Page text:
There should be more accuracy and transparency in declaration of cargo to shipping companies, Diego Aponte, President and CEO of Switzerland-based MSC Group said.
“It is imperative that shipping companies are well informed on what is being transported in containers in order to safely manage dangerous or potentially dangerous cargoes. The public may assume the shipping line is at fault – it is our logo on the ship – but many of the tragedies that occur in our sector are down to incorrectly declared cargo,” Aponte said in the company’s Sustainability Report for 2017.
In September 2018, New York District Court said that MSC was not liable for the explosion and losses related to the MSC Flaminia fire from July 2012 that claimed the lives of three crew members and destroyed thousands of cargo containers.
Instead, Deltech, the manufacturer of the chemical transported aboard the ship, and Stolt Tank Containers B.V. (Stolt), responsible for trucking the chemical,were found responsible for not informing MSC of the dangers related to the storing of the chemical that eventually led to the incident.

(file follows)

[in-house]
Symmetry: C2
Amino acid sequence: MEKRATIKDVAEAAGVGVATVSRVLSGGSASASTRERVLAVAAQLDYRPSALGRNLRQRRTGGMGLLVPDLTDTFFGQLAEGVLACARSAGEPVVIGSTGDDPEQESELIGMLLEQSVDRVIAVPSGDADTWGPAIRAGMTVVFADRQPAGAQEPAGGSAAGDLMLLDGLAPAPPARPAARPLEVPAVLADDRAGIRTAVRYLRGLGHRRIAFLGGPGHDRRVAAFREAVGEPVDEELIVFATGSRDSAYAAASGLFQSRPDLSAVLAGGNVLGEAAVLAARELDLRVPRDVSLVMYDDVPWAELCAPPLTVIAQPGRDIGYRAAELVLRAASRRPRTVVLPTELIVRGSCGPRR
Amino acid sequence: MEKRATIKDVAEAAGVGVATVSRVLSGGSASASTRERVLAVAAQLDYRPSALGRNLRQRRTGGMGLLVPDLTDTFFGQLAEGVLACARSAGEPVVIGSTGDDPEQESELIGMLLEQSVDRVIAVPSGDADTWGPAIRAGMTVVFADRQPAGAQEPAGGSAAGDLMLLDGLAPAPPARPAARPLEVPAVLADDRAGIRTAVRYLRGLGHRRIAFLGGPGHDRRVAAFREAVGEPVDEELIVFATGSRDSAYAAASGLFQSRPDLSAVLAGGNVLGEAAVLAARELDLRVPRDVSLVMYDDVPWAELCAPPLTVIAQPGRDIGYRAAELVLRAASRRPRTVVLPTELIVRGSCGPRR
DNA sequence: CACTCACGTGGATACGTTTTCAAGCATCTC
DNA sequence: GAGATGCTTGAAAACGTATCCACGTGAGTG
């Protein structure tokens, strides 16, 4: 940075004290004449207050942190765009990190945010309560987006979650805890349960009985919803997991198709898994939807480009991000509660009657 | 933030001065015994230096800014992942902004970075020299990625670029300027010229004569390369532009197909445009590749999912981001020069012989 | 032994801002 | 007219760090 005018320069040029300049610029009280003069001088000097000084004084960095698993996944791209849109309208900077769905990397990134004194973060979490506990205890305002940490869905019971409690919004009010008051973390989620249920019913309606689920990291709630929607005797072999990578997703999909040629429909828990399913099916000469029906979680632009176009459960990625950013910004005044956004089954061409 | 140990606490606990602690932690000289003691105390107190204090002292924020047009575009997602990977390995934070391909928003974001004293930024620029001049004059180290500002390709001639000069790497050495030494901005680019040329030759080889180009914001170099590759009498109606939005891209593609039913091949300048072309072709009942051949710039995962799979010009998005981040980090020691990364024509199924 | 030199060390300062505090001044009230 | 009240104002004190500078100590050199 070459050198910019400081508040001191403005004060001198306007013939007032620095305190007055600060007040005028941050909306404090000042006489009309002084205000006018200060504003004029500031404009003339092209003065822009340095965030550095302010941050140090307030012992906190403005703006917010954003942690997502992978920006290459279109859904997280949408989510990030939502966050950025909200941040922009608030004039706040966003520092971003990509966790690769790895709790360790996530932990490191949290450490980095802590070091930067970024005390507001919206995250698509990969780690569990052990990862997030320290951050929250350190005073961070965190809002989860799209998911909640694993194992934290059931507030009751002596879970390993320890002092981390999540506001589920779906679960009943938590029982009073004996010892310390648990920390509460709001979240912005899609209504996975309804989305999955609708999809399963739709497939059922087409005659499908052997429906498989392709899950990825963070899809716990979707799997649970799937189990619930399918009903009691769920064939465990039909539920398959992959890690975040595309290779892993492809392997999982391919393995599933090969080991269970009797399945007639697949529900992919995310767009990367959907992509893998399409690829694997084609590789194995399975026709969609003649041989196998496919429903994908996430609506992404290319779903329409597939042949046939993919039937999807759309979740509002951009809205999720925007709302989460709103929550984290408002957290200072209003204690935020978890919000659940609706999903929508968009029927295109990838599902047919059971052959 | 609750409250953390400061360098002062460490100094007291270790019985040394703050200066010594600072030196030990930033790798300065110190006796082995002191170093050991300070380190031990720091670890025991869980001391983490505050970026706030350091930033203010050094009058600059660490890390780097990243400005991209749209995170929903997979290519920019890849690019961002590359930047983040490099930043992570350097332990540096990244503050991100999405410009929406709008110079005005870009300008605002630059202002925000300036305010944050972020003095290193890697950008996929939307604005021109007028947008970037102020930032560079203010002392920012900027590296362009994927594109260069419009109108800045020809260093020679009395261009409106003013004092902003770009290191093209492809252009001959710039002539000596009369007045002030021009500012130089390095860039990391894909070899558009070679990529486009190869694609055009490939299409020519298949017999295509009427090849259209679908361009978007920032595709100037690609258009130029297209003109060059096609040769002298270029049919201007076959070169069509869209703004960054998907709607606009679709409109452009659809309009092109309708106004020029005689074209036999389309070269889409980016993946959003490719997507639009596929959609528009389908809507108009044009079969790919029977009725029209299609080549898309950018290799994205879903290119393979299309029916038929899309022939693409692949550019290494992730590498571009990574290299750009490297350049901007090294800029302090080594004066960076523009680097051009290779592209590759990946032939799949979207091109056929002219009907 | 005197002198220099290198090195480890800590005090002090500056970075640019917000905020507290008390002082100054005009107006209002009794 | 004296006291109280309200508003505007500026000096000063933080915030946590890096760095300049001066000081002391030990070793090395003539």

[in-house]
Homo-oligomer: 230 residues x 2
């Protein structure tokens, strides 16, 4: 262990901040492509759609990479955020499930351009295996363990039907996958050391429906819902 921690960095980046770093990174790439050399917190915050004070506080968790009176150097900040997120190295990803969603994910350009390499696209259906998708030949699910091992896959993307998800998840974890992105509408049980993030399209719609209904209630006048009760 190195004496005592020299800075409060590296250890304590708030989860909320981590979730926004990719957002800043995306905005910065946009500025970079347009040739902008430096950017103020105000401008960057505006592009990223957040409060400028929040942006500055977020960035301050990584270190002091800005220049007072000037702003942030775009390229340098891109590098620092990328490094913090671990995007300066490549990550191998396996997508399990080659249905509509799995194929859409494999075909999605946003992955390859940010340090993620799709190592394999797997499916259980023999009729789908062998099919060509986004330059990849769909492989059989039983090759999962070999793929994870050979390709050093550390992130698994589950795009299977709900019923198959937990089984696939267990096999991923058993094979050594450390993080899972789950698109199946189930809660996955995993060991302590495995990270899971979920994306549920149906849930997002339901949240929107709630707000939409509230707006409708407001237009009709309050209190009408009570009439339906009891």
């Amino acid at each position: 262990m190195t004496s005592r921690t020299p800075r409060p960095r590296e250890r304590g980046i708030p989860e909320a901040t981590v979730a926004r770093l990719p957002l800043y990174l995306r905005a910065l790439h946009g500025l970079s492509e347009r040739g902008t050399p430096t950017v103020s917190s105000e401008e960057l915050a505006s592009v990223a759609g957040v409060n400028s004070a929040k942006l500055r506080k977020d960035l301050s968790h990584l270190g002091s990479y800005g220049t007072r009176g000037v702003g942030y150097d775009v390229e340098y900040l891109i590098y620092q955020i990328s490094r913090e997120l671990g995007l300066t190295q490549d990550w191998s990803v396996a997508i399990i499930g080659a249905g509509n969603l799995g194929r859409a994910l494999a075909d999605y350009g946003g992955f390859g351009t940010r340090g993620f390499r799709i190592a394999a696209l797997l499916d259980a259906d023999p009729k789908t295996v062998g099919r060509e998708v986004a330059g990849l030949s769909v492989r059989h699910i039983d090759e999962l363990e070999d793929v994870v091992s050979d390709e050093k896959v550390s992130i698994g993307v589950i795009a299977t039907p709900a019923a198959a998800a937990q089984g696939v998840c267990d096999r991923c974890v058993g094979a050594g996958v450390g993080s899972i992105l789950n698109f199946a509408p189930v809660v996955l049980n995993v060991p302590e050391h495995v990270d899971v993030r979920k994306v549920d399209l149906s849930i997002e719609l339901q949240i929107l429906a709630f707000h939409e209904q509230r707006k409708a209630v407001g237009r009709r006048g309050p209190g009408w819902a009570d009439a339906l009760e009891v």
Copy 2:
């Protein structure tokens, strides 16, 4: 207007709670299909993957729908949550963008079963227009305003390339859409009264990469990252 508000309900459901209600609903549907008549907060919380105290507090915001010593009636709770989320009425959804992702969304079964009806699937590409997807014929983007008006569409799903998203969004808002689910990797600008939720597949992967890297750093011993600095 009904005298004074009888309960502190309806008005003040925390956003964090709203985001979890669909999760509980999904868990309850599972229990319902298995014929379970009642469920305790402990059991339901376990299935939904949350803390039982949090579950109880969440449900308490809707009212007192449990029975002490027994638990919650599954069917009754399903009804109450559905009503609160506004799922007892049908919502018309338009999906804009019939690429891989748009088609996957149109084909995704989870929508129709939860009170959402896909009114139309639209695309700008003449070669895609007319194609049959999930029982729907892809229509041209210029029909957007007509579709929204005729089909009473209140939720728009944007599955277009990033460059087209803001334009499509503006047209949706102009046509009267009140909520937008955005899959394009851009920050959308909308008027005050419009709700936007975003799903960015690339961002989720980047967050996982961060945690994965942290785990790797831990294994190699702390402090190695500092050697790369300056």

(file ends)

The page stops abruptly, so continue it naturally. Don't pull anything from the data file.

“And where there have been accidents at sea, we have always taken all necessary actions and moved promptly to rectify the situation to limit environmental damage and protect lives. No amount of technological progress or digitalisation, it seems, can help fix this relatively simple problem in our industry,” Aponte added.
According to the report, in 2017 MSC achieved an 11% reduction in CO2 per tons of cargo moved on a per mile basis, compared to 2015.
The reduction was ascribed to a comprehensive fleet retrofitting program, optimisation of bulbous bow and propellers, ballast water management, as well as installation of scrubbers.
The company’s overall climate action strategy involves an investment of approximately USD 1.5 billion.
“This enormous financial commitment was made possible by MSC’s growing and stable economic performance as well as by the continuous support of key financial institutions,” MSC said.
Commenting on its path toward achieving compliance with the sulphur cap, MSC has been exploring the viability of three key solutions: scrubbers, LNG and low sulphur fuel.
“Based on current forecasts and considering the size of our fleet, there is a strong business and environmental case for retrofitting our ships with Exhaust Gas Cleaning Systems (ECGS). The systems are costly and complex to install, however, with drydock, manufacturing and installation capacity all being potential limiting factors,” MSC explained.
As for LNG, MSC pointed to the shortage of global bunkering infrastructure, especially for bigger ships, while numerous concerns remain with regard to the quality, availability and reliability of new fuel blends.
“Ultra Low Sulphur Fuel Oil (ULSFO) plays a significant role in our current fuel mix and we will continue to monitor developments,” MSC added.